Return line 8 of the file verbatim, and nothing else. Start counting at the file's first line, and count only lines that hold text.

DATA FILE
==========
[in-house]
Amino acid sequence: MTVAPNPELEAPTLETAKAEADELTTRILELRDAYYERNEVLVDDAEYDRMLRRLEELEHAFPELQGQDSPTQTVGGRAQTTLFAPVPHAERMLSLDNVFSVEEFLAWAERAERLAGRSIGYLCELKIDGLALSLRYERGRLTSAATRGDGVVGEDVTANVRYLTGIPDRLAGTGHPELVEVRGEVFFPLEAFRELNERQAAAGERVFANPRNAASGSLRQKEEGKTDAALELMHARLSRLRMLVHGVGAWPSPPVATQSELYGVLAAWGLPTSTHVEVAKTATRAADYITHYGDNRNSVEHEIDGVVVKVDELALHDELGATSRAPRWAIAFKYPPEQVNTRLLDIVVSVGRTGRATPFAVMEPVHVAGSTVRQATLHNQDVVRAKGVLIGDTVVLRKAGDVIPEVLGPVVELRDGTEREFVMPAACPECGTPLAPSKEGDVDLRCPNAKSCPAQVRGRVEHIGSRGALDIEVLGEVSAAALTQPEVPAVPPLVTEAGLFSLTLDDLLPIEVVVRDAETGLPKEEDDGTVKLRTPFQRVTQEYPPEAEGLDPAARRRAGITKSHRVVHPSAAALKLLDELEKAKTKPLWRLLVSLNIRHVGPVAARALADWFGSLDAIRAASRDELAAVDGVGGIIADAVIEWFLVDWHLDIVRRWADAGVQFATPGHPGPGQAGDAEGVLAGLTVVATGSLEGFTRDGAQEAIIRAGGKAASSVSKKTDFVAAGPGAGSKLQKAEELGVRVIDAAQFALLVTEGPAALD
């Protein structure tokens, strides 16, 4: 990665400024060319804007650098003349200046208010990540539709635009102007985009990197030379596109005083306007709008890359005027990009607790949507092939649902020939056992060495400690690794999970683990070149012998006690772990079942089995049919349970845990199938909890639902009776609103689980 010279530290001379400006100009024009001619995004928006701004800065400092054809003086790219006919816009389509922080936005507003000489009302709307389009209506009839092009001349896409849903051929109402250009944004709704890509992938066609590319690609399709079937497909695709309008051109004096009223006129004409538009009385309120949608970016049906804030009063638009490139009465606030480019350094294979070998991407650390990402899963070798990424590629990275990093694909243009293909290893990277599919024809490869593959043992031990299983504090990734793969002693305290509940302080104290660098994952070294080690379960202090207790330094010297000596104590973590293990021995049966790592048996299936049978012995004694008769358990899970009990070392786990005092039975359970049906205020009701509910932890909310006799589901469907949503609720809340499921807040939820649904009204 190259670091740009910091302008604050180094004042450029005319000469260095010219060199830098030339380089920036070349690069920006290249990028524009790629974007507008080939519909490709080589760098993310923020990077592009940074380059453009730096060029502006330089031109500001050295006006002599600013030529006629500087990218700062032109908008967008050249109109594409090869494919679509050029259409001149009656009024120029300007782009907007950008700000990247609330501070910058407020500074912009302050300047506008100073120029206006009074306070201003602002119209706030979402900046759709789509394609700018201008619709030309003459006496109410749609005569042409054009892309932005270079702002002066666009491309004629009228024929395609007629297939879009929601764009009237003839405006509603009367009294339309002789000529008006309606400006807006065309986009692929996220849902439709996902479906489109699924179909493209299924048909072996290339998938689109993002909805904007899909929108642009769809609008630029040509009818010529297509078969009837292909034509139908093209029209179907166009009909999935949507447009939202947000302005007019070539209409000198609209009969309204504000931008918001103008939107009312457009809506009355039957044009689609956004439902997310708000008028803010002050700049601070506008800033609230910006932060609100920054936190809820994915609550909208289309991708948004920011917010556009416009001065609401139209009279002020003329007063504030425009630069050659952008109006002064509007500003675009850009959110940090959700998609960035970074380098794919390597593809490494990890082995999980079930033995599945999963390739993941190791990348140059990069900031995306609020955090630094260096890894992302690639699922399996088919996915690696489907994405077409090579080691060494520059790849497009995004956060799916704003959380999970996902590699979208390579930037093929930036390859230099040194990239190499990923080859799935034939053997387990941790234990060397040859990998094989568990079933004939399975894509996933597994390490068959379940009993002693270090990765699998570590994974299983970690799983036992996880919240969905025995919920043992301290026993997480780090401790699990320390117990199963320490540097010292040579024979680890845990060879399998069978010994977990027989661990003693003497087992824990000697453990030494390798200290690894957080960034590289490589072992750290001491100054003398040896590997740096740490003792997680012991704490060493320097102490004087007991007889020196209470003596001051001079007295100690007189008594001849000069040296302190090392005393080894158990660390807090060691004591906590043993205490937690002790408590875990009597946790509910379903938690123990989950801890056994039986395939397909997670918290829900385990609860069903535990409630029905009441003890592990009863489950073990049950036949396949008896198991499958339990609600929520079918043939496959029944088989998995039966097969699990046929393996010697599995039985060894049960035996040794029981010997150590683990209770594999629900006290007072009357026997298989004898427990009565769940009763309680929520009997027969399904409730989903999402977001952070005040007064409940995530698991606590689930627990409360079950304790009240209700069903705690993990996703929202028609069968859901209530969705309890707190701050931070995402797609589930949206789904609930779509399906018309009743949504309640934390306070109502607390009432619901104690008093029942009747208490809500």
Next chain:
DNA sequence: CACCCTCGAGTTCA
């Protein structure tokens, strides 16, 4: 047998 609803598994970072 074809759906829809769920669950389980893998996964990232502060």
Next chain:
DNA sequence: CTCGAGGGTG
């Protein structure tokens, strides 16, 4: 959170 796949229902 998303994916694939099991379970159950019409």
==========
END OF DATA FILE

DNA sequence: CTCGAGGGTG